What Is Continuous Net Settlement?
Continuous Net Settlement (CNS) is a settlement process used by the National Securities Clearing Corporation (NSCC) for the clearing and settlement of securities transactions. CNS includes a centralized book-entry accounting system, which keeps the flows of securities and money balances orderly and efficient.
- Continuous Net Settlement (CNS) is a settlement process used by the National Securities Clearing Corporation (NSCC) for the clearing and settlement of securities transactions.
- The main advantage of CNS is that it minimizes the exchange of securities between counterparties.
- NSCC member positions in each issue are netted into a single long position and a single short position at the end of the day.
- The NSCC is the counterparty for members during each day in the CNS process, eliminating counterparty risk.
Understanding Continuous Net Settlement (CNS)
During the CNS process, reports are generated that document the movements of money and securities. This system processes most broker-to-broker transactions in the United States that involve equities, corporate bonds, municipal bonds, American depositary receipts (ADRs), exchange-traded funds (ETFs), and unit investment trusts. NSCC is a subsidiary of the Depository Trust Clearing Corporation (DTCC).
Advantages of Continuous Net Settlement (CNS)
The main advantage of CNS is that it minimizes the exchange of securities between counterparties. NSCC member positions in each issue are netted into a single long position and a single short position at the end of the day. During a typical trading day, large financial institutions and their clients may repeatedly go long and short on stocks and ETFs. Many of these trades ultimately cancel each other out but generate a significant volume of trade between individual shareholders.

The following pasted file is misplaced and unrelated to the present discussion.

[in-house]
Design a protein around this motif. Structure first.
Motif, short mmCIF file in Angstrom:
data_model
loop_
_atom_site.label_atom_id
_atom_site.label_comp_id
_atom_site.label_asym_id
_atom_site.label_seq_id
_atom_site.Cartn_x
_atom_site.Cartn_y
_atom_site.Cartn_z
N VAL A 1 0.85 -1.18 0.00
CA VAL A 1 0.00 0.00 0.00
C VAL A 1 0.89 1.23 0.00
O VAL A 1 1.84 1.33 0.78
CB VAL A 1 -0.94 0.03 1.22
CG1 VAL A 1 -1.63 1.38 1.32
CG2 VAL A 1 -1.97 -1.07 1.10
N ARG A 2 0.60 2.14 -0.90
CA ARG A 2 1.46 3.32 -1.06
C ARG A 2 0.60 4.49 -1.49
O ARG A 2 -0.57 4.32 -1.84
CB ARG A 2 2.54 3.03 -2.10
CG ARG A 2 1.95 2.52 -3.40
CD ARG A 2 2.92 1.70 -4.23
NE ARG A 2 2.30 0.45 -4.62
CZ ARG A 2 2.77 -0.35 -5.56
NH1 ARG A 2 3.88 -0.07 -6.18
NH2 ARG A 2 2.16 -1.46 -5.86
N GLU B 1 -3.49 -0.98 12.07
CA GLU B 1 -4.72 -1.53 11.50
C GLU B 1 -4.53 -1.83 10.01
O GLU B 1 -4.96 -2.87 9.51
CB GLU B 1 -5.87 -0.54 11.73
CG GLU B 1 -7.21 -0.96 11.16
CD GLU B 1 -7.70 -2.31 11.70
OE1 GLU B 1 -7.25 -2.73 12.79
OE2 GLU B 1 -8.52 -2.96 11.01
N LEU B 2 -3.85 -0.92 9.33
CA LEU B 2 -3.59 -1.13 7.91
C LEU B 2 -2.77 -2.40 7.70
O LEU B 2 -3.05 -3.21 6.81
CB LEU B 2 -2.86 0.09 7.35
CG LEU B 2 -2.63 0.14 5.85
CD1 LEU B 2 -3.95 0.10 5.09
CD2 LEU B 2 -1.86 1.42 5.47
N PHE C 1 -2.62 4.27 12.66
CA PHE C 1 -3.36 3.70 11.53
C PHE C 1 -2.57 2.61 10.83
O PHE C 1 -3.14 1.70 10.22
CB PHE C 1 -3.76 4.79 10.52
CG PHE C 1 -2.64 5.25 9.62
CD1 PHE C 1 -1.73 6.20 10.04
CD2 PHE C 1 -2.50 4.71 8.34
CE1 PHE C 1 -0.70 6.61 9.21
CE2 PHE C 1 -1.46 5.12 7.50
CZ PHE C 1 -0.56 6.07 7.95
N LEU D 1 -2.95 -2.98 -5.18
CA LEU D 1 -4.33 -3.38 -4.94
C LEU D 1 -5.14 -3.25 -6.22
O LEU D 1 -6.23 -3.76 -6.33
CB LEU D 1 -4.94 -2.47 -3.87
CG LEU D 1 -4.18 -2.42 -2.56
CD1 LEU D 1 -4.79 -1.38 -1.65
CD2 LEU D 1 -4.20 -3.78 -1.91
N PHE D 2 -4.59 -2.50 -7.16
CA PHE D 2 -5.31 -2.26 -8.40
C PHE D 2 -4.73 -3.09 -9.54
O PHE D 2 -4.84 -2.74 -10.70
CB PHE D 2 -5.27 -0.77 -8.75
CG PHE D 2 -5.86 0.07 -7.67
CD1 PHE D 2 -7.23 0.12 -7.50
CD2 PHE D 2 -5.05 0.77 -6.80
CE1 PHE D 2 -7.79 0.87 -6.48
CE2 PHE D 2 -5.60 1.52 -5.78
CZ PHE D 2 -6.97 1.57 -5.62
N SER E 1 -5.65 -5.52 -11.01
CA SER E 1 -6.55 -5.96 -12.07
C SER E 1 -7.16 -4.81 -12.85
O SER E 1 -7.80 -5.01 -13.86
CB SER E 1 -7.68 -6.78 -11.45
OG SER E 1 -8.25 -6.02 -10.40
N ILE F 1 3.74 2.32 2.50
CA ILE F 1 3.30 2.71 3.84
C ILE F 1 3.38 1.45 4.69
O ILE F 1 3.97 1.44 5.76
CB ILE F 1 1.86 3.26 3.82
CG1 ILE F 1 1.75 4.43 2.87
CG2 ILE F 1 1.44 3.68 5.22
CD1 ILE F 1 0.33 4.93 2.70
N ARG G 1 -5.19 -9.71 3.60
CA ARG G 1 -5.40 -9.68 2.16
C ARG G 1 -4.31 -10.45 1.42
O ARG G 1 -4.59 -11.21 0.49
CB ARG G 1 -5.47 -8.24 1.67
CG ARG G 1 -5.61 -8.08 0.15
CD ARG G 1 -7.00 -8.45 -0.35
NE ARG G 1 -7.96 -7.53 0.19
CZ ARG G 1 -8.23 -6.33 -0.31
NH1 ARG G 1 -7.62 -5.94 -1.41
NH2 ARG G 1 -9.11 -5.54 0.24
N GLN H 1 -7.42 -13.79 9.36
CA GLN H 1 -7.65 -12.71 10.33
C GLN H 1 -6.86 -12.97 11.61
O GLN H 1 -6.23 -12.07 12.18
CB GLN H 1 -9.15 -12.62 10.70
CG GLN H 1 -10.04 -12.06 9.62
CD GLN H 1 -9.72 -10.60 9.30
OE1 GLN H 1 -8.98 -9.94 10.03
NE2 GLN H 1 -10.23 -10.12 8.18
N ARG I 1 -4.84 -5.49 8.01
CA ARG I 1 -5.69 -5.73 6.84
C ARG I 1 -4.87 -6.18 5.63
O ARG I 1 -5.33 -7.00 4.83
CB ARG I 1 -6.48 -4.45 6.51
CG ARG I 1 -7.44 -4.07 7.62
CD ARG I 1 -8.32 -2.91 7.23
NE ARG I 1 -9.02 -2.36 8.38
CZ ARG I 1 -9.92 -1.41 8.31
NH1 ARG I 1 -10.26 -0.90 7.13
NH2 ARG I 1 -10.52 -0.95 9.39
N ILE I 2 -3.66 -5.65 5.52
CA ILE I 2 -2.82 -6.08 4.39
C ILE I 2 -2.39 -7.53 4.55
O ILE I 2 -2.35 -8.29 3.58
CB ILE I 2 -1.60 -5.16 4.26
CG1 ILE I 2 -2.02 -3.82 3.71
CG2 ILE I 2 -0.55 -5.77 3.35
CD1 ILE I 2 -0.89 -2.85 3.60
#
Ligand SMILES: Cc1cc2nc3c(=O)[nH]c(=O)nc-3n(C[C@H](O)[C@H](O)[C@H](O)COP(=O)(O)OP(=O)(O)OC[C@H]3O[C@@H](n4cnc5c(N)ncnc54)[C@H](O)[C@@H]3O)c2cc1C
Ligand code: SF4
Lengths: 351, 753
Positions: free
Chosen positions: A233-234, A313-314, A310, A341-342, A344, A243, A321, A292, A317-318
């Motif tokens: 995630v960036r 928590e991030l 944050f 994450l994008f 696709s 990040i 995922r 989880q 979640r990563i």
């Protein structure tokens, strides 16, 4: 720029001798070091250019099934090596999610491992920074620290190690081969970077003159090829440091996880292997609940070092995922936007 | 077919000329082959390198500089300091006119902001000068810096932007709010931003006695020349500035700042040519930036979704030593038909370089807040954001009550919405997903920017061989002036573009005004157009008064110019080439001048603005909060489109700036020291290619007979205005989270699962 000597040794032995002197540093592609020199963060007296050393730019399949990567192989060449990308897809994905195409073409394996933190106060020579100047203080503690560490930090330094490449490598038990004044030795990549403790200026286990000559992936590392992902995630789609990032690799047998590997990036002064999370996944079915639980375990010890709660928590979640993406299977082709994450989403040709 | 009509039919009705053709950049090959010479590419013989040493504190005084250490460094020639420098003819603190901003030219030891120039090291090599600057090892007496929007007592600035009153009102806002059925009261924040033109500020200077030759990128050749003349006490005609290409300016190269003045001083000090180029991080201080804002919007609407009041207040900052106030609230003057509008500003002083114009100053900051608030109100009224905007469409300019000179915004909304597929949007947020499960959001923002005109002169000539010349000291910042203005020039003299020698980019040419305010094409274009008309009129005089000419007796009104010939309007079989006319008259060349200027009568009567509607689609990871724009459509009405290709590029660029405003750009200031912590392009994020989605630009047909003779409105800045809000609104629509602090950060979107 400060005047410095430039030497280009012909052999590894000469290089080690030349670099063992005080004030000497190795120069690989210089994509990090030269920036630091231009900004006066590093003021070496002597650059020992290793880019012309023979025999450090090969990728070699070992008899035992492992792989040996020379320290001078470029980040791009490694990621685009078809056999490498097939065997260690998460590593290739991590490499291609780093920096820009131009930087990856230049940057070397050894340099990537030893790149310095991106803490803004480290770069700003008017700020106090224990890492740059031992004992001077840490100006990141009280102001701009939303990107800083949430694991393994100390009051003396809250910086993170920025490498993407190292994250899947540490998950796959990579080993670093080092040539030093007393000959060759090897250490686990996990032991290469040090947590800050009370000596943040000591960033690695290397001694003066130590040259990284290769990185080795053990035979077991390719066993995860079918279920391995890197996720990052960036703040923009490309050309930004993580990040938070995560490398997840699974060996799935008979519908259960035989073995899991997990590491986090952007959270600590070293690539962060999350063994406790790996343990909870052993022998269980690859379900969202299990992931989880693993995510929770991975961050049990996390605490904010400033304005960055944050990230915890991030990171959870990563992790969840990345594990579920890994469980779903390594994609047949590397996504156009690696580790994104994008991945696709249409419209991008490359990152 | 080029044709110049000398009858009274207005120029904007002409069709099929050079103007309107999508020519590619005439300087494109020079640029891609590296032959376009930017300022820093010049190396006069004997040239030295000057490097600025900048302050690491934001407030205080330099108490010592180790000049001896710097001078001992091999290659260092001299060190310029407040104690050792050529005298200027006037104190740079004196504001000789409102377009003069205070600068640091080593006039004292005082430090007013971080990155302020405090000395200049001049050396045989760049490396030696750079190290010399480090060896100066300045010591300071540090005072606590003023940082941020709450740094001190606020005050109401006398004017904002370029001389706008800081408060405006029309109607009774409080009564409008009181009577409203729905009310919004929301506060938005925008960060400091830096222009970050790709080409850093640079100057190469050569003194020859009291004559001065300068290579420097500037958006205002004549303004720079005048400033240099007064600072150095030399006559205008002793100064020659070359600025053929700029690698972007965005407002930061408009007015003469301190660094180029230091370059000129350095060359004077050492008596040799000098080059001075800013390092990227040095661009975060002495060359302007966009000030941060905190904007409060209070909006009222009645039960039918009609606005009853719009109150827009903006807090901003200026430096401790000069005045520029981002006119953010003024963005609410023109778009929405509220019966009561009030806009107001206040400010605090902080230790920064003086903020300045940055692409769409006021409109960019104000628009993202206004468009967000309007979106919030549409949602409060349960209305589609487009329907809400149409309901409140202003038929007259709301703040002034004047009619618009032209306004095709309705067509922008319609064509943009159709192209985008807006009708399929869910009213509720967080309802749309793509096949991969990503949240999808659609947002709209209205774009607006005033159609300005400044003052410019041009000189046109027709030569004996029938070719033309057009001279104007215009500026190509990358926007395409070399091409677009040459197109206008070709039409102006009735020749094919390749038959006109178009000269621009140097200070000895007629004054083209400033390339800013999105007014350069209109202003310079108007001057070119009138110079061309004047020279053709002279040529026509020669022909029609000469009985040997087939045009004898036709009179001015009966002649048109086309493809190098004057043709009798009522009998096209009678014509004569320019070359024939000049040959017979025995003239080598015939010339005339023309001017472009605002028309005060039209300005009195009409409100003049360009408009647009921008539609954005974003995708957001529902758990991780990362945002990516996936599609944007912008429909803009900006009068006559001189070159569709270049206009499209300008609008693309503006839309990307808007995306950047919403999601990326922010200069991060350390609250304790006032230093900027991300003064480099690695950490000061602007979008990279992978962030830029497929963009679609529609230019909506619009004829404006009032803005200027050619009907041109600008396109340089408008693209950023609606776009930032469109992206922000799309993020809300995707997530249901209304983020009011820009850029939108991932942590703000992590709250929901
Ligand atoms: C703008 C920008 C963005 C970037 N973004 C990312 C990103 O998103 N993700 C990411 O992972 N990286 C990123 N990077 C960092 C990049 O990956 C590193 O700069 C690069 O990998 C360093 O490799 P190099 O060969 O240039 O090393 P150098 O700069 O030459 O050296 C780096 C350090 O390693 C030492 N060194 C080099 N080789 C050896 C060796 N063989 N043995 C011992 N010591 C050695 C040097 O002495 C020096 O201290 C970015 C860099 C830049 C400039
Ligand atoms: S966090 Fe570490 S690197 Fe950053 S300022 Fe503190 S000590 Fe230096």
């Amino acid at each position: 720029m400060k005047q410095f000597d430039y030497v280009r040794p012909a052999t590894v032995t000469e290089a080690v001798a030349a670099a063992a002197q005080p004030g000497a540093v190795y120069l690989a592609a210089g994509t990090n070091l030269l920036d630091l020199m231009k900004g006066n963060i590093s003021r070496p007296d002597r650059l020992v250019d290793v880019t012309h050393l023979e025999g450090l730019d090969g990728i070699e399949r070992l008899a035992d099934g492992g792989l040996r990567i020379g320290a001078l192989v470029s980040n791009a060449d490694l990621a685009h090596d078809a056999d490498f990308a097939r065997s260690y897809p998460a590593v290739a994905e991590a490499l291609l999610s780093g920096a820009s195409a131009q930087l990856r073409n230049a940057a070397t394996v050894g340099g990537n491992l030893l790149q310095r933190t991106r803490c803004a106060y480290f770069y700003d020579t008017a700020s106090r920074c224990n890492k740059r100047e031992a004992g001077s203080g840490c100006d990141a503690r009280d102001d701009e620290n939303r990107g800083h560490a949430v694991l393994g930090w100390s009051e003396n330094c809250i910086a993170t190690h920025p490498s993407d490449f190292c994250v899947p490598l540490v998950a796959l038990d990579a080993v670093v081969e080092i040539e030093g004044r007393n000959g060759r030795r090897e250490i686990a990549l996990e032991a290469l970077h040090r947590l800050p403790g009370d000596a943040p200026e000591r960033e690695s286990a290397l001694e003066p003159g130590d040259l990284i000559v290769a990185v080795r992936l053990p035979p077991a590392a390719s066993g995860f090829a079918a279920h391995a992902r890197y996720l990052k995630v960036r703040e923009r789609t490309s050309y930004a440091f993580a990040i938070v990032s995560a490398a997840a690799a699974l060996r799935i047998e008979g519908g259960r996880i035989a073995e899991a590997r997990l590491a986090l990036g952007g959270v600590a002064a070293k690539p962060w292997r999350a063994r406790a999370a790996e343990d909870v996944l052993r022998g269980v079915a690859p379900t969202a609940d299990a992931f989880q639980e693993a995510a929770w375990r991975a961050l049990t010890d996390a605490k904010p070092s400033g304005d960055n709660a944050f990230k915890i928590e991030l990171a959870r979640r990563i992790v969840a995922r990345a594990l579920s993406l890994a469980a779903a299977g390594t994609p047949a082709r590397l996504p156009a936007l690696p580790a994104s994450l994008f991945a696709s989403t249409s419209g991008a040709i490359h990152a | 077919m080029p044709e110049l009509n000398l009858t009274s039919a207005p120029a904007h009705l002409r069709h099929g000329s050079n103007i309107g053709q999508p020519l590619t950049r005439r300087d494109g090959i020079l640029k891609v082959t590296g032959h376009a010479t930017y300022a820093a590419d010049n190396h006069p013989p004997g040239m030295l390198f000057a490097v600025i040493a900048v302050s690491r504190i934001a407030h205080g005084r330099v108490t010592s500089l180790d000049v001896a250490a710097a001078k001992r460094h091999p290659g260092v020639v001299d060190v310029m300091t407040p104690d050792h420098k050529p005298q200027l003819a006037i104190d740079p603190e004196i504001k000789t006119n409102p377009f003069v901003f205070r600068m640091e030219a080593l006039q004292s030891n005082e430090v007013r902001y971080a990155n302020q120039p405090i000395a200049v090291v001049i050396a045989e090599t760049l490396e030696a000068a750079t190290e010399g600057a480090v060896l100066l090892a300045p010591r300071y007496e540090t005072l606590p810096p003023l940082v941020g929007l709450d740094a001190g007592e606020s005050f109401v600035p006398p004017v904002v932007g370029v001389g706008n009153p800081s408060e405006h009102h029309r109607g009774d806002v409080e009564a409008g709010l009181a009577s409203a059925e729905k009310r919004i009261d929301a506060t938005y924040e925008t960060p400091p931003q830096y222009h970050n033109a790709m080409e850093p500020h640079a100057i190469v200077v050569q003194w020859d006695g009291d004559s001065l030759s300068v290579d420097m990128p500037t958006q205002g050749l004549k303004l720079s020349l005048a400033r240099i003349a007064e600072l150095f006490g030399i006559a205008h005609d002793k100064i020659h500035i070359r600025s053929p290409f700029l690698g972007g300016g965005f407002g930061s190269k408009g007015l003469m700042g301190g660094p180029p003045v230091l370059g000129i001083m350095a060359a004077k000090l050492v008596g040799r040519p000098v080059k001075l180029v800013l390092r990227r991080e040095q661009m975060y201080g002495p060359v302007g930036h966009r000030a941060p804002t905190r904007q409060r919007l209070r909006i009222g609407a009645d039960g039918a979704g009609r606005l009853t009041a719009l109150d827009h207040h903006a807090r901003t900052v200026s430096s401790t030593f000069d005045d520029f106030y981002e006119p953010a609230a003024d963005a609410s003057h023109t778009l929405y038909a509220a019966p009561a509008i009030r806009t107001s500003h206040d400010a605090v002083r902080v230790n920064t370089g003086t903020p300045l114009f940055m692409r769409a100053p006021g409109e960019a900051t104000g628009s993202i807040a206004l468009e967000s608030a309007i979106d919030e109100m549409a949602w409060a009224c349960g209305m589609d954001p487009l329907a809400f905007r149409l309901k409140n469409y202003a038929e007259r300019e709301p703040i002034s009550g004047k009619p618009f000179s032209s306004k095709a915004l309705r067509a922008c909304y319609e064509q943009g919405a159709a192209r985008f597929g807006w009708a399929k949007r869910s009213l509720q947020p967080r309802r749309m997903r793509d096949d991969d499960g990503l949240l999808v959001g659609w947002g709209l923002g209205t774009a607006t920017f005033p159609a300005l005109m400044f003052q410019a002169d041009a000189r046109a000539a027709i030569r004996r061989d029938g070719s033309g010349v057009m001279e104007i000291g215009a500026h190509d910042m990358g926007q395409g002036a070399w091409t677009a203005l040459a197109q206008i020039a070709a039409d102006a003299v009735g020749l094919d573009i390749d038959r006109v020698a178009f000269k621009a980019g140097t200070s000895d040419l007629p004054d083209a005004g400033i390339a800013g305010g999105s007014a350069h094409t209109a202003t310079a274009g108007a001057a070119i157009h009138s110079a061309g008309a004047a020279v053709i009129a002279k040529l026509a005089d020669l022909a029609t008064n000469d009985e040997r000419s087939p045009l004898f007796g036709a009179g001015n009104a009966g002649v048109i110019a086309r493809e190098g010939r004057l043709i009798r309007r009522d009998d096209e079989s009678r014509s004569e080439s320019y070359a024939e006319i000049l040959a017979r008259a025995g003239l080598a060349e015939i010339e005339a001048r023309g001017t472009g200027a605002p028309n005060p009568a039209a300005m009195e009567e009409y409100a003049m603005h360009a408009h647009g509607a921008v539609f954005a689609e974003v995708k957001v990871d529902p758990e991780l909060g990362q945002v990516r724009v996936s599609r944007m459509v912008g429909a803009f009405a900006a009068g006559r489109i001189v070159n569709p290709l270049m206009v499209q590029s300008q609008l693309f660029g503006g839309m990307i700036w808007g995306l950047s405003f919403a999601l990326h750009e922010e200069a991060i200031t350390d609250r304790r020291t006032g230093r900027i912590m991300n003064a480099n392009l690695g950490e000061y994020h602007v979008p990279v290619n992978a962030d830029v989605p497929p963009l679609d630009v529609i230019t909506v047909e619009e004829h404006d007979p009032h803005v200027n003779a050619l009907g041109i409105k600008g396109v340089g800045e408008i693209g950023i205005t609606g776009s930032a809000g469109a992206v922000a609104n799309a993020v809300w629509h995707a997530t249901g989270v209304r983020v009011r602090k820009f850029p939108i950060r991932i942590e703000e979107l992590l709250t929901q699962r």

The NSCC is the counterparty for members during each day in the CNS process, eliminating counterparty risk. If something happened to an NSCC member during a trading day, the NSCC would be responsible for fulfilling the member's obligations. There were only about 3,000 NSCC member entries in 2019, and many of them were for divisions of a single company. The NSCC acts as a sort of "honest broker" between brokerages in the continuous net settlement process.
The CNS process helps the NSCC to reduce the value of payments exchanged by an average of 98% daily. Also, it is important to note that the NSCC generally clears and settles trades on a T+2 basis.
An Example of Continuous Net Settlement
Suppose you have a brokerage account at Fidelity and buy 100 shares of Apple (AAPL). Your order will execute quickly, and your account will show ownership of the shares.
If Fidelity has more clients buying than selling Apple’s stock, then they will have to get the shares from somewhere else. Fidelity's counterparty will be the NSCC rather than another brokerage. Fidelity may have more clients selling than buying shares of Apple later in the day, so they'll have to sell it to the NSCC.
Trades between Fidelity and the NSCC will occur repeatedly. Most of these sales and purchases will eventually cancel each other out. At the end of the day, Fidelity will have a single long and a single short position in Apple’s stock under the CNS system.